What does Austria’s Presidential Election mean for Europe?

The Austrian Presidency has just been won by Alexander Van der Bellen, a pro-eu independent and former leader of the Green Party. Mr Van der Bellen narrowly prevented the Austrian Freedom Party’s Norbert Hofer from becoming the European Union’s first far-right head of state. Is this the peak of support for far-right politicians in Europe, or just the beginning?

This election has served once again to illustrate the deep divisions which exist in Europe, as well as the worldwide surge in support for anti-establishment political figures.

The primary cause of this disenchantment with traditional politicians has been the migrant crisis, and well as the lingering effect of the great recession. These issues mean that politicians who advocate strong controls on immigration, are opposed the the euro, and are opposed to further integration are now more socially acceptable than they have ever been before.

Taking Austria as just one example: Norbert Hofer and the Freedom Party of Austria won 35.1% of the first round votes in the Presidential election; whilst they went on to gain a total of 49.7% of the vote in the run-off election. In the previous Presidential election in 2010, the Freedom Party of Austria won just 15.24% of the vote. To increase your share of the vote by this extent is almost unheard of in modern European politics.

Nobert Hofer (right), who almost became Austrian President (Photo: Ronald Zak/AP).

The popularity of the Freedom Party of Austria is the latest in a trend of far-right candidates gaining momentum in elections across Europe. In December 2015, the Front National won 6.8m votes in French Regional Elections on a turnout of just 58.4%. In the 2012 French Presidential Election, turnout was 79.5%, suggesting that the Front National would be in line to gain a significantly higher number of votes in the 2017 Presidential Election. Indeed current polling has Front National leader Marine Le Pen consistently gaining around 27–31% support. This is significantly higher than the support shown for establishment politicians such as Francois Hollander, Nicolas Sarkozy, and Alain Juppe. It is indisputable that the Front National will reach the second round of voting in the 2017 Presidential Election. Indeed the Front National only failed to take control of any regions in the December 2015 elections as a result of tactical voting between The Socialists and The Republicans. It may well be the case that further tactical voting is required in order to prevent a Le Pen Presidency come 2017.

The rise of the far-right movement in France is also mirrored in the Netherlands where Geert Wilders Party of Freedom (PVV) currently leads opinion polls in advance of next year’s general election. In Denmark, the Danish People’s Party (DPP) came second in last year’s general election, winning 21% of the vote; whilst the Swiss People’s Party (SVP) won the October 2015 Swiss parliamentary election with 29.4% of the vote. In addition, the rise of Golden Dawn in Greece; Jobbik in Hungary; and, the Alternative for Germany; shows that mainstream politicians should be increasingly worried about the popularity of the far-right.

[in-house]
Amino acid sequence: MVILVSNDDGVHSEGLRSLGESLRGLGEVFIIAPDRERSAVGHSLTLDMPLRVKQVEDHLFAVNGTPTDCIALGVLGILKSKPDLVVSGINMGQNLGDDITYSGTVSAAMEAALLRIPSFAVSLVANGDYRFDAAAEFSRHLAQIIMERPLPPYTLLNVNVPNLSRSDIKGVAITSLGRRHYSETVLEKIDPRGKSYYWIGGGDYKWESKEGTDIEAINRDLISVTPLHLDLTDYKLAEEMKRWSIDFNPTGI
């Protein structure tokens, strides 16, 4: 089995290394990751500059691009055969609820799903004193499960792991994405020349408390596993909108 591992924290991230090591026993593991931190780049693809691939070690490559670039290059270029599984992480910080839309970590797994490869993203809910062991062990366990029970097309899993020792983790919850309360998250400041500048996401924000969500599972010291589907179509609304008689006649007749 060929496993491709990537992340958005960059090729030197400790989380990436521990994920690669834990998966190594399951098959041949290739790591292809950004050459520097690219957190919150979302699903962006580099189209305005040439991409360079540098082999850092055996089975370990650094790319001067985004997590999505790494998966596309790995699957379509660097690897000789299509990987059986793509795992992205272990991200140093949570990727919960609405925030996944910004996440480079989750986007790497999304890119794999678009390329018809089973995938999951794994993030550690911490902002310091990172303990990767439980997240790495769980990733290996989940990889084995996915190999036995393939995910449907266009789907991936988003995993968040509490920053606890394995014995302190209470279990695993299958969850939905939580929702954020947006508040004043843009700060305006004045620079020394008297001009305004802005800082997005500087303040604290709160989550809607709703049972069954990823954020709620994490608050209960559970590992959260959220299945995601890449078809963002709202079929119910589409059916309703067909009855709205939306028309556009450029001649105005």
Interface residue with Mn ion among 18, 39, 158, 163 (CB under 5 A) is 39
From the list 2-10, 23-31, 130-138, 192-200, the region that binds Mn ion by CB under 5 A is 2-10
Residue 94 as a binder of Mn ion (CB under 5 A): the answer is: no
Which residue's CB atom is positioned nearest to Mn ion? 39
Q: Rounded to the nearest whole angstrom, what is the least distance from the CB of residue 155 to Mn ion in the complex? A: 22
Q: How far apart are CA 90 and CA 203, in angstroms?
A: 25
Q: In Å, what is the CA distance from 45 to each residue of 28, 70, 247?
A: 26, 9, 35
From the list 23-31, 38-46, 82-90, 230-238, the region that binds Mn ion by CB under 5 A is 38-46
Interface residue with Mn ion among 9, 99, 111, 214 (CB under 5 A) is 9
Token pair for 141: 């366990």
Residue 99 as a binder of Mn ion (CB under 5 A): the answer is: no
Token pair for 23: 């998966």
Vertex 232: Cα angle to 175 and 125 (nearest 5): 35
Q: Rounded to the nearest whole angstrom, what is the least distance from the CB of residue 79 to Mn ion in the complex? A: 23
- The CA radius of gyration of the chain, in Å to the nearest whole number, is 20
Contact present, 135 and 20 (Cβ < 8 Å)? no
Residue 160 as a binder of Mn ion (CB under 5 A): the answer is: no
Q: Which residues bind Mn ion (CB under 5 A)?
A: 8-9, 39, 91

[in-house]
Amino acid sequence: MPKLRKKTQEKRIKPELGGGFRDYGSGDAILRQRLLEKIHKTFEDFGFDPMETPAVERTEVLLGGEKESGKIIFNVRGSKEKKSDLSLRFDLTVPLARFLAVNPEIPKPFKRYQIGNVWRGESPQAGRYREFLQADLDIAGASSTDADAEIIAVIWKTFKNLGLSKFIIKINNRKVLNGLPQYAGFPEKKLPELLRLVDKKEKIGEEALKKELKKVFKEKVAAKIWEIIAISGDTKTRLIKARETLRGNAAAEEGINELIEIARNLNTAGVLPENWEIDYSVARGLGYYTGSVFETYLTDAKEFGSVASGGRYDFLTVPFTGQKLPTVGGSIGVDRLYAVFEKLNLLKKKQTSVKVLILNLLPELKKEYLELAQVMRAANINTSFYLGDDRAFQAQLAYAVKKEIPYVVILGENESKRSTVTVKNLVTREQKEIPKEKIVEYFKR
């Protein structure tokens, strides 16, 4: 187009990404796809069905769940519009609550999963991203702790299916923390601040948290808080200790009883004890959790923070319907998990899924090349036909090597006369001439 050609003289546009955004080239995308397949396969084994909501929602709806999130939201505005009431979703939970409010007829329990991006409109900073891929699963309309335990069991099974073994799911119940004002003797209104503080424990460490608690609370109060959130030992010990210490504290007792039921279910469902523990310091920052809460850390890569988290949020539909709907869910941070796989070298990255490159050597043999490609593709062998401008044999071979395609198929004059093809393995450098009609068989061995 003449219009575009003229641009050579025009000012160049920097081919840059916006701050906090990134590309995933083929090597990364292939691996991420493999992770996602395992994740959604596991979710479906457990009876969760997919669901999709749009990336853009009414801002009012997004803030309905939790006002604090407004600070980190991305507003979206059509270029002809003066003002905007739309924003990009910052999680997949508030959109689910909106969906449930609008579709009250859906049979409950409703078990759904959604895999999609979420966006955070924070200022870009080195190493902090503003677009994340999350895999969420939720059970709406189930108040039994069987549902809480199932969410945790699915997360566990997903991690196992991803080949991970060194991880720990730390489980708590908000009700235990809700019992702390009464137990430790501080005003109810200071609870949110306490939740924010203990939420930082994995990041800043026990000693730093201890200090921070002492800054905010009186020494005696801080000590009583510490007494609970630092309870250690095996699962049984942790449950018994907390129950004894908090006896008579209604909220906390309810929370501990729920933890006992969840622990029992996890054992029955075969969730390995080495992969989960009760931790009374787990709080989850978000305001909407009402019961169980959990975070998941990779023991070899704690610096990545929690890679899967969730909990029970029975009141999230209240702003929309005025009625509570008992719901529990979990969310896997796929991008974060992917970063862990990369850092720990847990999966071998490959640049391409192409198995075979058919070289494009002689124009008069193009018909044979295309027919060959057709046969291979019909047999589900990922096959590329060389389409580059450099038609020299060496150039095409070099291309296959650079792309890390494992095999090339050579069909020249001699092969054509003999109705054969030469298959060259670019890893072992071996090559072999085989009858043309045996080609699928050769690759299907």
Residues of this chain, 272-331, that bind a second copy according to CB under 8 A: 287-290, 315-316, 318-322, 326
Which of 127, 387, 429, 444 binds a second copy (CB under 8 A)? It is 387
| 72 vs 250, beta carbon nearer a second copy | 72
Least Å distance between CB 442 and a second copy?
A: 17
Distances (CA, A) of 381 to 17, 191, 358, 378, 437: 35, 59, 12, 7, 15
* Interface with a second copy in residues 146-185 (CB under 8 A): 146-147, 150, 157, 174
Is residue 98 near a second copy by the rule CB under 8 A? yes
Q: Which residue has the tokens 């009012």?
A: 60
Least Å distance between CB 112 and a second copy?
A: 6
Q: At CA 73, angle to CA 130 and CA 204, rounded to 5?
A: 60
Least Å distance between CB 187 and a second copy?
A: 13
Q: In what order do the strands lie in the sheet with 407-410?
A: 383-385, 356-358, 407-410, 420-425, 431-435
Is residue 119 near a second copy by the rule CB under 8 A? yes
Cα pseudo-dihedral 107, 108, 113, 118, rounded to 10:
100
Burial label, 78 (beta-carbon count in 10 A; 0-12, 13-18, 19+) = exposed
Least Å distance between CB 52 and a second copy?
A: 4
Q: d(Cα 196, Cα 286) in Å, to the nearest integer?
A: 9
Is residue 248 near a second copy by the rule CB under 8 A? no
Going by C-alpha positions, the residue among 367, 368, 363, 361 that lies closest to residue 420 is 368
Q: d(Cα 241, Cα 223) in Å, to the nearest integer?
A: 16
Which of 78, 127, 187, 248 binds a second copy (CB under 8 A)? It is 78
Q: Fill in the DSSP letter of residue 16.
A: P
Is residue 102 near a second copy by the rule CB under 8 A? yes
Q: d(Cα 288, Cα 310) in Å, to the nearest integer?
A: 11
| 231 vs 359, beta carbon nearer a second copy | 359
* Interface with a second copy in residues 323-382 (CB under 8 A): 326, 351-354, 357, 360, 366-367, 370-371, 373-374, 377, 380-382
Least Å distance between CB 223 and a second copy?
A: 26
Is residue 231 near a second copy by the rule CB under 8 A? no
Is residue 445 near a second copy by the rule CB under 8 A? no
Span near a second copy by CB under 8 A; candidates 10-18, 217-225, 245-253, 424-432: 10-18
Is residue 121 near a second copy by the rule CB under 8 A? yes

However, it is debatable whether it is truly the popularity of the far-right as an ideology that is driving the popularity of these movements. Of course, anger over the great recession and the migrant crisis has played its part; however in actual fact it seems likely that the main reason is the disenchantment felt by many voters towards traditional political parties.

For example, in the United States, polling by Gallup in April found that 79% of respondents disapproved with the way Congress is handling its job. In the United States this dissatisfaction has manifested itself in the surge in popularity for anti-establishment Presidential candidates Donald Trump and Bernie Sanders. The surge in popularity for Bernie Sanders suggests that it is not simply the far-right that is gaining traction, but in fact all political parties who can be considered to be anti-establishment. In this regard it is worth remembering that the ultimate winner of the Austrian Presidential Election was previously the leader of the Green Party. In the 2010 Austrian Presidential Election, the Green Party did not even field a candidate, choosing instead to endorse incumbent Heinz Fischer the candidate of the Social Democratic Party of Austria.

In conclusion, the Austrian Presidential Election serves to further illustrate the disenchantment of voters with traditional politics. Those who voted for Alexander Van der Bellen in order to prevent Norbert Hofer seizing victory should be applauded. Let us hope that a coalition of support from the centre-left and centre-right can also prevent Marine Le Pen from winning the French Presidency next year.

Moderate politicians from around the world must not dismiss these results out of hand. They must do more in order to retain support or they will find that anti-establishment candidates truly become the norm in elections in the United States and Western Europe.

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